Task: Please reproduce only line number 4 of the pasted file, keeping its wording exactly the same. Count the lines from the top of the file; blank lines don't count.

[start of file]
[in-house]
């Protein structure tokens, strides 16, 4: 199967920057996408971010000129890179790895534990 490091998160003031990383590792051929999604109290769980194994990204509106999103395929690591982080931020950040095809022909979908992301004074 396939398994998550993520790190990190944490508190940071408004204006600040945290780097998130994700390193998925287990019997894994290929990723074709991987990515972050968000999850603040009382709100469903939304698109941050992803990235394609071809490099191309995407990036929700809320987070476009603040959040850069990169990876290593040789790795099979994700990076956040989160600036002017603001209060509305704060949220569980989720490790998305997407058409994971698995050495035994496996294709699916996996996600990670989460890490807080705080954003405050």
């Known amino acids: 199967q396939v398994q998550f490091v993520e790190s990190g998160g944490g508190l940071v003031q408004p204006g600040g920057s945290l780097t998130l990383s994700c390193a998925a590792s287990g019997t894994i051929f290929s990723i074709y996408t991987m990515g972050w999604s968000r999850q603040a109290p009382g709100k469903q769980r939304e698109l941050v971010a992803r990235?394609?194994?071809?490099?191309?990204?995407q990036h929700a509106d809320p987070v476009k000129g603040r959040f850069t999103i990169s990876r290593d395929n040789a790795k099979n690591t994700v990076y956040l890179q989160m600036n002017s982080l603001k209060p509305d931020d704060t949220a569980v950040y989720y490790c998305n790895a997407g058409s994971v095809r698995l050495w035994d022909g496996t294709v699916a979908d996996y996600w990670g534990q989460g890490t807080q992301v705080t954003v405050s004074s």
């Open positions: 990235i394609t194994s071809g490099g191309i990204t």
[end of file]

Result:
């Open positions: 990235i394609t194994s071809g490099g191309i990204t």